Bihar Chief Minister Nitish Kumar’s decision to allow gangster-turned-politician and convicted murderer Anand Mohan Singh to walk free from jail has led to a huge backlash. Singh was convicted of murdering Dalit IAS officer G Krishnaiah in 1994.
The details of the horrific crime are gruesome. Krishnaiah, the District Magistrate of Gopalganj, was dragged out of his car and killed by a mob of workers of the Bihar People’s Party headed by Singh. ‘The Print’ report said his head was found riddled with bullets, and stones were used to hit him. Singh, convicted of leading the mob, was sentenced to death. It was later commuted to a life sentence by the Patna High Court.
Change in prison rules
Last week, Kumar’s government changed the prison rules, removing a clause in the Bihar Prison Manual which had forbidden remission of jail terms for those convicted of murdering a public servant on duty. It cleared the way for Singh’s release.
A former MLA and MP, Singh is a powerful Rajput leader in Bihar who has been courted across party lines for years. Rajput leaders from the JDU and RJD had been pressing for his release.
The news of Singh’s release has sent shockwaves across the country.
A distraught Uma Krishnaiah, the wife of G Krishnaiah, told a television channel: “Now he is being released and entering politics. We don’t agree with the move. It’s, in a way, encouraging criminals. It sends a message that you can commit a crime and go to jail but then get freed and join politics.”
The IAS community is also outraged. In a strongly worded statement, the central IAS association expressed their dismay at the news, saying, “amendment of an existing classification which leads to the release of the convicted killer of a public servant on duty is tantamount to denial of justice. Such dilution leads to impunity, erosion in morale of public servants, undermines public order and makes a mockery of the administration of justice. We strongly request the state government of Bihar to reconsider its decision at the earliest”.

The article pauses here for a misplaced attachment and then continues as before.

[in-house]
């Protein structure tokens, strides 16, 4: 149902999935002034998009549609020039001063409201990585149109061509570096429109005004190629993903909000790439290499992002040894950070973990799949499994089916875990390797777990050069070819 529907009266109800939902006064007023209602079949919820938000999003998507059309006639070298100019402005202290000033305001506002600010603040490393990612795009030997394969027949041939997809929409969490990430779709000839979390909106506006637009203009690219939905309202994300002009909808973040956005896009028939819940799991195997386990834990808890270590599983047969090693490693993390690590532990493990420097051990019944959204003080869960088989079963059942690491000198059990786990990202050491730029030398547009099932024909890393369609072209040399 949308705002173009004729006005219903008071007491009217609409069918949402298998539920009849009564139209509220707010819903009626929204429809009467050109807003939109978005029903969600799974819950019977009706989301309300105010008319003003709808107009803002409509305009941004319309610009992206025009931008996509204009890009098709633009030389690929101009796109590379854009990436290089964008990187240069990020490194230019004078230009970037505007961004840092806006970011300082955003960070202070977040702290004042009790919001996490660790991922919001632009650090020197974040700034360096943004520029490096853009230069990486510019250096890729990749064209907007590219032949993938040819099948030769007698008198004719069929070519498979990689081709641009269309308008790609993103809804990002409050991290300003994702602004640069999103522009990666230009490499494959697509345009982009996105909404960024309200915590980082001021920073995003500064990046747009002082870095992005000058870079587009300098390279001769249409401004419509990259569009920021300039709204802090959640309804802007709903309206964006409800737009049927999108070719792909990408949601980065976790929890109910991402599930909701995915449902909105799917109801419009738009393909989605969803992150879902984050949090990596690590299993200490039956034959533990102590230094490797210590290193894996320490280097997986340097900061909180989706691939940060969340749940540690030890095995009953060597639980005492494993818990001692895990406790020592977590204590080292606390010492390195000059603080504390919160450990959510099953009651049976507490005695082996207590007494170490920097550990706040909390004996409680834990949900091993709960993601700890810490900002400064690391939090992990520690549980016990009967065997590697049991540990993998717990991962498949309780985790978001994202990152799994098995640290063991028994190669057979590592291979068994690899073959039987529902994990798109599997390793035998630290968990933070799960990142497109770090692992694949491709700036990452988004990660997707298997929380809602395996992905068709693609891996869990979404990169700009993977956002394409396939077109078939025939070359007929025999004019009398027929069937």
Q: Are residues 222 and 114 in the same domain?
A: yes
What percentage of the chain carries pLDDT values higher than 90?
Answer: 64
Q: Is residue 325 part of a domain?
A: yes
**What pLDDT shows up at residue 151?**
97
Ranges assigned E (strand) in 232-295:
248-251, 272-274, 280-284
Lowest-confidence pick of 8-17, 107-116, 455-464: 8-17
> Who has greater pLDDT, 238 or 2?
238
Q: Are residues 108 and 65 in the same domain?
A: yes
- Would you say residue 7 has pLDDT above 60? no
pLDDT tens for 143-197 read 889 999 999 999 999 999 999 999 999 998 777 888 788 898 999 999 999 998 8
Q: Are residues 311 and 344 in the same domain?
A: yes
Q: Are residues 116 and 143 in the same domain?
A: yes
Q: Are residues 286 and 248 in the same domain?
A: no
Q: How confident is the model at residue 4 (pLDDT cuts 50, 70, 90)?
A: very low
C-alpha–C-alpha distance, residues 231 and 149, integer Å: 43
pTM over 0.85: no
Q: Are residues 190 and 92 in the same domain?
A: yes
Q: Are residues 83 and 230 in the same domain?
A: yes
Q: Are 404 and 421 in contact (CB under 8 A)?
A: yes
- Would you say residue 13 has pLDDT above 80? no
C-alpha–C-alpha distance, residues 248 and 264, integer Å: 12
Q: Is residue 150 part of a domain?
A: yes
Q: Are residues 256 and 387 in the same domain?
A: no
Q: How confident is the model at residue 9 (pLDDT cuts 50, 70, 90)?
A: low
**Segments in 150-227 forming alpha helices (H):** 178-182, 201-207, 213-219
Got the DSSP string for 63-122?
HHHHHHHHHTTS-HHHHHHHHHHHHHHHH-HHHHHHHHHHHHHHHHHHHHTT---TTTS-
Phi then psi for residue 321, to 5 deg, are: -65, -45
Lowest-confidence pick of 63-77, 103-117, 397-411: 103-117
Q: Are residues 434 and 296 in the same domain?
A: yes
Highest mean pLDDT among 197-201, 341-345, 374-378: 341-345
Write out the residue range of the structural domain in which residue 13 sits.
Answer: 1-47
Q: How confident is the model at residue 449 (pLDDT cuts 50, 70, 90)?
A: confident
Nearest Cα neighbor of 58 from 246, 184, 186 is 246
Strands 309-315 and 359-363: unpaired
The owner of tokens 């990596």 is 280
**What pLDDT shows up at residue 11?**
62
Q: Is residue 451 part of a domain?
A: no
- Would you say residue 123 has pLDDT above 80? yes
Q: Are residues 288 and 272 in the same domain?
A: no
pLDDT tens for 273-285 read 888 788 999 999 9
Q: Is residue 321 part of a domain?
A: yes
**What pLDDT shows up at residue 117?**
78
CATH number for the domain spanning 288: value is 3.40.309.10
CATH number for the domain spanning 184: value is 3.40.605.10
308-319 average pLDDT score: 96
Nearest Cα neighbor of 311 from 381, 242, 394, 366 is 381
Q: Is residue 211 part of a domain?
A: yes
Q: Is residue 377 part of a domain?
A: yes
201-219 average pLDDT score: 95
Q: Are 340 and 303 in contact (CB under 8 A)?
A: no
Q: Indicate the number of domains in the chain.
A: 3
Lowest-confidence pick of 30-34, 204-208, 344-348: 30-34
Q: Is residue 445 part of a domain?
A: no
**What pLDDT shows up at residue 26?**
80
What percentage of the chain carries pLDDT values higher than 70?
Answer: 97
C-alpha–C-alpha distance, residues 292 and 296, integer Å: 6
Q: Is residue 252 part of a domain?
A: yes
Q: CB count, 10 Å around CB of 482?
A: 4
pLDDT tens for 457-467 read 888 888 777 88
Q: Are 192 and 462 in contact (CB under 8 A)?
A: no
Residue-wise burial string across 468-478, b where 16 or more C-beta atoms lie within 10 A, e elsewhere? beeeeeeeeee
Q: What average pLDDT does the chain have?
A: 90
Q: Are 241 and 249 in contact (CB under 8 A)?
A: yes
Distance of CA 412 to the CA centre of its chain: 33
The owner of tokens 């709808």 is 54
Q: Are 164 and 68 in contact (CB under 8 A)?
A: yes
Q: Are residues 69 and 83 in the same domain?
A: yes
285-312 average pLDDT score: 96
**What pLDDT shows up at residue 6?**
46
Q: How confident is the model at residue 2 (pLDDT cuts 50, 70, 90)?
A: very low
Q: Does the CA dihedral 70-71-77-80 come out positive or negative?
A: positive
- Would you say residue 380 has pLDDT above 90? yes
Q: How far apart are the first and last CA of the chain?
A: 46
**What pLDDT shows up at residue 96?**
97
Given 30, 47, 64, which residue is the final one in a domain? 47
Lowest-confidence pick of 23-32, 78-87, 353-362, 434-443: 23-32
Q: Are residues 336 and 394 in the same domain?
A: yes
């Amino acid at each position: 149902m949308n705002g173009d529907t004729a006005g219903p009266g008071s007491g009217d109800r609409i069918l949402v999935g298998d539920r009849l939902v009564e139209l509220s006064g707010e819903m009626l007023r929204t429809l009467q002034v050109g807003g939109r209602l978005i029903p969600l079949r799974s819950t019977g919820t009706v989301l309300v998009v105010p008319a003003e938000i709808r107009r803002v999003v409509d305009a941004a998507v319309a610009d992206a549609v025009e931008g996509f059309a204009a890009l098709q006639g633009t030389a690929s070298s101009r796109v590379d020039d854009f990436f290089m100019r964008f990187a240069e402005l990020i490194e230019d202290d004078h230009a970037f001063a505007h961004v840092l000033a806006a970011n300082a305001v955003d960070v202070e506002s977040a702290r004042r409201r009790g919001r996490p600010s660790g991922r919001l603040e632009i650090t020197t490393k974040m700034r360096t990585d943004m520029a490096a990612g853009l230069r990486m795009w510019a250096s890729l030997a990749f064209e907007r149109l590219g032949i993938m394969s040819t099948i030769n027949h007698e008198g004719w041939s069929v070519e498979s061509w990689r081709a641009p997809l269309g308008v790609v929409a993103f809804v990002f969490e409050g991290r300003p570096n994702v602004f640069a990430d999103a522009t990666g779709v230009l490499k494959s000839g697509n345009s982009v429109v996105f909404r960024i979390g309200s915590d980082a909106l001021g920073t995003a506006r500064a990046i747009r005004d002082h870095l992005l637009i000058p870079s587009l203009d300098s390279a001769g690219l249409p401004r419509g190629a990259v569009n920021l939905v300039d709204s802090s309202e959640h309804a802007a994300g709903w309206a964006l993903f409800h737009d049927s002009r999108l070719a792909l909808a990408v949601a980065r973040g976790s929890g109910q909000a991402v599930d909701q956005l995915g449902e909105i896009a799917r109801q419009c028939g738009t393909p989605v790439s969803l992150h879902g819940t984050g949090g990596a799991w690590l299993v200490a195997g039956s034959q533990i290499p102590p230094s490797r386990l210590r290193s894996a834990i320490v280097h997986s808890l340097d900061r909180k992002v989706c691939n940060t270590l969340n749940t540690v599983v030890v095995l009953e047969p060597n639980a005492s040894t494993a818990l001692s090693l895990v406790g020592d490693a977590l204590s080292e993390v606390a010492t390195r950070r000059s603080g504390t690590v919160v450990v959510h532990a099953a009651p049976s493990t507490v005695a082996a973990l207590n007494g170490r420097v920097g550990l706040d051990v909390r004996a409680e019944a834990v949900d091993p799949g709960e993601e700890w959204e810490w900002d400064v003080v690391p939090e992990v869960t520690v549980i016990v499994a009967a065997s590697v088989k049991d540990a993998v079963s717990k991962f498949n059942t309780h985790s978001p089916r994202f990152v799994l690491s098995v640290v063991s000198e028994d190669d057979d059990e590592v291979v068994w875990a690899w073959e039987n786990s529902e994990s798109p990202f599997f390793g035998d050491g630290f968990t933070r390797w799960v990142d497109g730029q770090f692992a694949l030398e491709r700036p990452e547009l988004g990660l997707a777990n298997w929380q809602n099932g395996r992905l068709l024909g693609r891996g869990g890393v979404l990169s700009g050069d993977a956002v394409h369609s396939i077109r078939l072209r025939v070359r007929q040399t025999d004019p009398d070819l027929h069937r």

Kumar’s move to release a dreaded criminal is a huge stain on his chief ministership and a stunning commentary on the nexus between politicians and criminals in Bihar. It also takes away any moral argument the opposition has made against the release of Bilkis Bano’s rapists and those who killed her family in the Gujarat riots of 2002.
The Bilkis Bano and Bihar cases demonstrate the utter contempt for the law by states misusing their powers. It is nothing but a grave injustice to the victims. And it makes a mockery of Indian democracy when political parties feel the need to cosy up to dreaded criminals for votes.
Kumar is leading efforts to bring the opposition together for the 2024 elections. But if this is what he has to do to get votes, the question is: Is it worth it?